Patients with chronic hepatitis C infection had a greater than twofold risk for dying from both liver and non-liver related causes compared to those who tested negative for the disease, data from a nationally representative study indicate.
“This should reinforce the importance of preventive measures, particularly among individuals at risk for acquiring the disease, as well as early diagnosis and improving access to care for those already infected, even in the absence of liver disease,” study researcher Samar S. El-Kamary, FAAP, MPH, an assistant professor at the University of Maryland School of Medicine, said in a press release.
El-Kamary and colleagues assessed HCV status among 9,378 adults aged 17 to 59 years who participated in the National Health and Nutrition Examination Survey (NHANES) III from 1988 to 1994 and performed mortality follow-up on the same individuals through 2006.
A total of 614 deaths occurred during the median 14.8-year follow-up. The researchers identified 203 people with chronic hepatitis C infection, 44 of whom died. Among HCV positive individuals, the cause of death was liver-related in nine people, whereas 35 deaths were attributable to HIV, diabetes, heart disease, cancer and other causes.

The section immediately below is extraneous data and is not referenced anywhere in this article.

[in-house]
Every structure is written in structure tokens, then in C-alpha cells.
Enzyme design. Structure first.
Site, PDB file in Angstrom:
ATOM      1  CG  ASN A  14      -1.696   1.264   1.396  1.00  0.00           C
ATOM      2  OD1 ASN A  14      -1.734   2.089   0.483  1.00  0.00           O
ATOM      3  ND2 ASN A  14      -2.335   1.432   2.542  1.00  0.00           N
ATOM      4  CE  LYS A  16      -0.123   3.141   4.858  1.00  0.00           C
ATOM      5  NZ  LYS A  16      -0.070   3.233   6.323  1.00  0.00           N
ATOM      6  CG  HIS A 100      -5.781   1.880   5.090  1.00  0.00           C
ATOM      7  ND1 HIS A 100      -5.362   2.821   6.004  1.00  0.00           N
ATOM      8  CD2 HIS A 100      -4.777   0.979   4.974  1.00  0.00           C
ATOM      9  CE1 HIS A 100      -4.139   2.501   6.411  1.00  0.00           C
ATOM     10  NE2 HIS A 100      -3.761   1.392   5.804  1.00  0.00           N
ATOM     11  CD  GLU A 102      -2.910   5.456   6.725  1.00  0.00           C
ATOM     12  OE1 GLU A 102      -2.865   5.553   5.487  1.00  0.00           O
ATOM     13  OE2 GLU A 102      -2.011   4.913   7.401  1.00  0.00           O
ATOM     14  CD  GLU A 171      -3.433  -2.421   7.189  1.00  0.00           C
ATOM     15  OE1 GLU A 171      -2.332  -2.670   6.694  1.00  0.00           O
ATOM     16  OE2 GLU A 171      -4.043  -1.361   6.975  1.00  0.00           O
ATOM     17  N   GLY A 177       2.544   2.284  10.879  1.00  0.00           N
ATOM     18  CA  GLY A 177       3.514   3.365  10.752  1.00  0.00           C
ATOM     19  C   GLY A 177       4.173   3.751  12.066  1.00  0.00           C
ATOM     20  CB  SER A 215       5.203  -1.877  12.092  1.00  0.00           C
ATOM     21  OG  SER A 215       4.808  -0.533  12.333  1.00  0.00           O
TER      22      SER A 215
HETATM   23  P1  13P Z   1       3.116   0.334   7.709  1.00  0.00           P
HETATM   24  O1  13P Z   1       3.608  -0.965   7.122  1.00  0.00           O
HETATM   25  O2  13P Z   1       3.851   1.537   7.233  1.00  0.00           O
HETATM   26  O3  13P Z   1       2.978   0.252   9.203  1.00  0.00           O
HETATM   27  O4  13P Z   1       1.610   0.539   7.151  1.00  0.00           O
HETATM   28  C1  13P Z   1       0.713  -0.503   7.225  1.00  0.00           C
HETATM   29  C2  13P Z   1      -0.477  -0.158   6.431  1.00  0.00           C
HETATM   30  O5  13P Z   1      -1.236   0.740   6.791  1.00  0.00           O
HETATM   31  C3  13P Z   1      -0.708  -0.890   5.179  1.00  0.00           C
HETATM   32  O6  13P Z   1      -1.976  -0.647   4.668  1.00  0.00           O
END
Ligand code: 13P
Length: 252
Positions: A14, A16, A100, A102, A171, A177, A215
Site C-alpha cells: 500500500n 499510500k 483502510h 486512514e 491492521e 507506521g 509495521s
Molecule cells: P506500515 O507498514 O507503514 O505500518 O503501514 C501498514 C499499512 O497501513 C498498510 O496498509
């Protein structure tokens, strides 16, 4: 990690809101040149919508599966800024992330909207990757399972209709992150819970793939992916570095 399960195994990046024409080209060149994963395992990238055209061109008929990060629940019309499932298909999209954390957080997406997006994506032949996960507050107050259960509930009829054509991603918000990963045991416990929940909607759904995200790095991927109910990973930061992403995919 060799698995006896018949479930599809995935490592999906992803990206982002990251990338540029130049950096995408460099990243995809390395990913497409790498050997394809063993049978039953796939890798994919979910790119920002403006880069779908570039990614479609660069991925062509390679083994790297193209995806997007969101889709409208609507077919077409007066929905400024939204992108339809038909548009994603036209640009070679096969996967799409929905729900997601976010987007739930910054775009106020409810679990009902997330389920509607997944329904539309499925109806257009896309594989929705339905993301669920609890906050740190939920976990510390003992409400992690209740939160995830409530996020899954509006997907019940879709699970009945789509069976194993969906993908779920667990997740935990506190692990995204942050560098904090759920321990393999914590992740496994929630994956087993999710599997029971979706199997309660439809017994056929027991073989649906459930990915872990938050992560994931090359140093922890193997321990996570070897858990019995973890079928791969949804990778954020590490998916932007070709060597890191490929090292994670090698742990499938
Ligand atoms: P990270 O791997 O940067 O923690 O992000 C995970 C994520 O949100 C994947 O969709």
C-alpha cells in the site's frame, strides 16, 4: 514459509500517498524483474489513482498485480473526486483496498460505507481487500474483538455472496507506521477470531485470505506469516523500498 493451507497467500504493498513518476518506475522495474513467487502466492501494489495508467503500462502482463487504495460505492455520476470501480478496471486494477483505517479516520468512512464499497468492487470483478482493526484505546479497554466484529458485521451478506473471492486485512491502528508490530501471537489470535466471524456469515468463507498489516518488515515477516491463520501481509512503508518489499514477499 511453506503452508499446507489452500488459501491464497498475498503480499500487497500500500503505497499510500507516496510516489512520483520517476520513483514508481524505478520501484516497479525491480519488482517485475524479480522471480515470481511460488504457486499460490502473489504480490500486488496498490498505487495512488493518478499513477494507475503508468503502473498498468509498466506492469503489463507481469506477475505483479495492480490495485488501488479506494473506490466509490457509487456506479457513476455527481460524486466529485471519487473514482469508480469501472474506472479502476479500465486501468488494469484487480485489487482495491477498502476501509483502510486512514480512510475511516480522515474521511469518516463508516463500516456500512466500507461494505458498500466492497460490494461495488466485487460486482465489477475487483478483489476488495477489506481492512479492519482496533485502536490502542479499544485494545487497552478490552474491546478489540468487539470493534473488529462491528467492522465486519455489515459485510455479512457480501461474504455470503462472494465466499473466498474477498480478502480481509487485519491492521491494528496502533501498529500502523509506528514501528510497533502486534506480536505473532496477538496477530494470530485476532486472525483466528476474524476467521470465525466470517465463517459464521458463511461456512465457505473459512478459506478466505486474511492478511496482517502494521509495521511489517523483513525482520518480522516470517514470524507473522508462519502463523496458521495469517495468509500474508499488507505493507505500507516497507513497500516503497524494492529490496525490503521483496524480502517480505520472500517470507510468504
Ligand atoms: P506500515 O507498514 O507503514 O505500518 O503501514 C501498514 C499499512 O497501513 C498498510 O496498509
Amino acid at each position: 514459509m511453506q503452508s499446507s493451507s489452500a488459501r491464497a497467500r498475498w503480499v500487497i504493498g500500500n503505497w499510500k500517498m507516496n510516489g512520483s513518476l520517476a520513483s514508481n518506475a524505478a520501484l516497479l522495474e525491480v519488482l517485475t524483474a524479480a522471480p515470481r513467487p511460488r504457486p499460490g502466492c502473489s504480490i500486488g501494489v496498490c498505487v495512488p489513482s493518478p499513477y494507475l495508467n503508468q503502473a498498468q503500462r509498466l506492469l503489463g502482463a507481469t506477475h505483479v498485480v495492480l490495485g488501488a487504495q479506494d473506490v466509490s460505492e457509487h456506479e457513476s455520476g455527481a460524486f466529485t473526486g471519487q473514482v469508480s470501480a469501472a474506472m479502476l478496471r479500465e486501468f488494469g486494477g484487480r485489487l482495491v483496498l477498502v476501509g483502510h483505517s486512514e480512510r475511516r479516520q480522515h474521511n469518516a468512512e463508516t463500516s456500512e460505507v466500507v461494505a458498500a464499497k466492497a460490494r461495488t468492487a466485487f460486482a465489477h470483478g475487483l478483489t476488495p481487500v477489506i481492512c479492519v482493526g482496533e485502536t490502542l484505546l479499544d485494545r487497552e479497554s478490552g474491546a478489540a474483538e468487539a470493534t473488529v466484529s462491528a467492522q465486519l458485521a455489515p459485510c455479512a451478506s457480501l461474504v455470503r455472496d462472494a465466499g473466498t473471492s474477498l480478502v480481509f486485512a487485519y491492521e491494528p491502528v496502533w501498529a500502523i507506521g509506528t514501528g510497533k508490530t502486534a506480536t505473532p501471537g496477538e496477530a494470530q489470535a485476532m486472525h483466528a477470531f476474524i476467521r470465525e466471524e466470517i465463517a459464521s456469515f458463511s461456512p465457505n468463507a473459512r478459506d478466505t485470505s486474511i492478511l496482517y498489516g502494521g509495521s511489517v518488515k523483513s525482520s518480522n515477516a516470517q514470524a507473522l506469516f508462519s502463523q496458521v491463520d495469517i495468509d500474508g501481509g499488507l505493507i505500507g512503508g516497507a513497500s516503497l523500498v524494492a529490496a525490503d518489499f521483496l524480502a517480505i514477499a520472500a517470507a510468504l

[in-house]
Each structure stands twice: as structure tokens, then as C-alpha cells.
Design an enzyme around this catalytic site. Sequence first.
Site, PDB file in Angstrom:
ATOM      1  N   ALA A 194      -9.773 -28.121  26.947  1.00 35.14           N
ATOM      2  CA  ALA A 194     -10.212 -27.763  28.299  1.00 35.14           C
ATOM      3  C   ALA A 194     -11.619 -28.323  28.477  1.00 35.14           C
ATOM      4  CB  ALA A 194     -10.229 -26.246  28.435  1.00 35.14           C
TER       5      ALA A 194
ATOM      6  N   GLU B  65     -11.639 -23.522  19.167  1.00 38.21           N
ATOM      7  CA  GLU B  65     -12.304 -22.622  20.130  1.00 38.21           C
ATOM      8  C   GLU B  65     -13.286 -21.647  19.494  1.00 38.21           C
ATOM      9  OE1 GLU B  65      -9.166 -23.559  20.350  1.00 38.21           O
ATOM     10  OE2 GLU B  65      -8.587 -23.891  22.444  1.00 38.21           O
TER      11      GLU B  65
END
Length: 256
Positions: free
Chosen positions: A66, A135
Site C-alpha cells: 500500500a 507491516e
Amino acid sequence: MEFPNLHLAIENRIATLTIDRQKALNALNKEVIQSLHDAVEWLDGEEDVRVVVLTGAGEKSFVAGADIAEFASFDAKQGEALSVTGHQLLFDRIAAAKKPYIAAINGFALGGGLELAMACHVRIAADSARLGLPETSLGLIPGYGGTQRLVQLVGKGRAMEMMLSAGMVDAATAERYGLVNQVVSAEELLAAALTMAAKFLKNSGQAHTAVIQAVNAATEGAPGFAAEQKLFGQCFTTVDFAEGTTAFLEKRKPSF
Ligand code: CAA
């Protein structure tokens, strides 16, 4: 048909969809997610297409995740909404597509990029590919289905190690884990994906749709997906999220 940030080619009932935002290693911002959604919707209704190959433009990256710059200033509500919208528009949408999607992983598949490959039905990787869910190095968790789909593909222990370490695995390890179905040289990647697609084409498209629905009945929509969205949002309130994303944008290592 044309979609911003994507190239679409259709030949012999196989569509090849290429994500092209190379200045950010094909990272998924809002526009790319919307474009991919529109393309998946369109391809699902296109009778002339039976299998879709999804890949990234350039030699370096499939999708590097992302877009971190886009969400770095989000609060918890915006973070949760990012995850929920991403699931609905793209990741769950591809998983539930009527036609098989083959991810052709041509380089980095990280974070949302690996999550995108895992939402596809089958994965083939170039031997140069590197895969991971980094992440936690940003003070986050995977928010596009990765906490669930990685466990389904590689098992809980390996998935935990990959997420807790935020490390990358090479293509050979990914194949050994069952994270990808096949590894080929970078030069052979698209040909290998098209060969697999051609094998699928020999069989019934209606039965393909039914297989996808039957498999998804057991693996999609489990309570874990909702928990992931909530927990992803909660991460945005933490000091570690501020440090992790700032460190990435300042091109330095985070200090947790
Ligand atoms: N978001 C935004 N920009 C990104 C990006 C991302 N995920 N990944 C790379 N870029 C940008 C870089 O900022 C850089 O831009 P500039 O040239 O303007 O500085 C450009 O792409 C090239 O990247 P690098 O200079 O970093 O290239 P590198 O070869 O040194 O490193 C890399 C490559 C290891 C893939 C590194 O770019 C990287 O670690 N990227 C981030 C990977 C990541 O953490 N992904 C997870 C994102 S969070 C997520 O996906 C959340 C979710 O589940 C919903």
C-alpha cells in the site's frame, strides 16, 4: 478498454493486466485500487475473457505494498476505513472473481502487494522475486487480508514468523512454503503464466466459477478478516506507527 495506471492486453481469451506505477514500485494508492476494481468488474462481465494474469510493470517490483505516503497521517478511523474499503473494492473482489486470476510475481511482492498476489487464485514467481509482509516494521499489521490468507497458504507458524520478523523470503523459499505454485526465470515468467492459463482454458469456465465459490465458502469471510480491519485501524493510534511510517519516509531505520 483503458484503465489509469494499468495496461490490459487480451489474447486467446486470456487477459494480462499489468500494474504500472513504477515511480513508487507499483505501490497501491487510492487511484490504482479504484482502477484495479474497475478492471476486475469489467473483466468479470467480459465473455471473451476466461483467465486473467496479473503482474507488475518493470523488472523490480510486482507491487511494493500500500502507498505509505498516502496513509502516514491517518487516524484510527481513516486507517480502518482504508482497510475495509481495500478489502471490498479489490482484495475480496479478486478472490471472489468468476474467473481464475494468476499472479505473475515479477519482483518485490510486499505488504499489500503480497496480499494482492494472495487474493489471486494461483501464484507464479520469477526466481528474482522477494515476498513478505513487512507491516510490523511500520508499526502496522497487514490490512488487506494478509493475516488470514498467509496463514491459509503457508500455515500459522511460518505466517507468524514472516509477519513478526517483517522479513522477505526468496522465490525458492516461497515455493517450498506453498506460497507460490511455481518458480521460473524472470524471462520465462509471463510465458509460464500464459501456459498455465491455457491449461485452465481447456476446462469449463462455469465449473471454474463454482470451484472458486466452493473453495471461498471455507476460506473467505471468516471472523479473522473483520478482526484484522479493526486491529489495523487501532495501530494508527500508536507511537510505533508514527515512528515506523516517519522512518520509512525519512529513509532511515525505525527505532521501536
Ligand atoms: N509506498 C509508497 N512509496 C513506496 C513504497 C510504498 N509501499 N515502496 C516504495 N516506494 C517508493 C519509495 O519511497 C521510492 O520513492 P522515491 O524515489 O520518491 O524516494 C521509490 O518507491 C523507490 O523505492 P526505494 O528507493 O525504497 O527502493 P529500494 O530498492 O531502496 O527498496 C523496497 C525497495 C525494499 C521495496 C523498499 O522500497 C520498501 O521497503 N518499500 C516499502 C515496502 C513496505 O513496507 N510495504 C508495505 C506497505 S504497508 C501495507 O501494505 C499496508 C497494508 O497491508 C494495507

After adjusting for all covariate risk factors, the all-cause mortality rate ratio was 2.37 times greater among individuals with chronic HCV infection compared with those without the disease (95% CI: 1.28-4.38; P=.008).
Nonliver-related mortality rate ratios were 1.79 times higher (95% CI: .77-4.19; P=0.18), whereas liver-related mortality rate ratios were 26.46 times higher (95% CI: 8.00-87.48; P<.001) compared with patients that were not positive for HCV.
“While a hepatitis C infection may not be the cause of death, patients with the disease may be at a higher risk of dying due to other high-risk behaviors that may have also caused the infection,” El-Kamary explained.
Lower socioeconomic status, barriers to health care access and genetic predisposition may also contribute to non-liver related deaths among these patients, according to the researchers.
“Given the low cost for hepatitis C tests, perhaps it would be advisable to consider more liberal early screening of patients if there is any suspicion of infection so that they can be referred for treatment as early as possible,” El-Kamary said.
Study limitations include the observational study design, the self-reported nature of the data and the potential that non-liver related deaths were overestimated due to undiagnosed liver disease.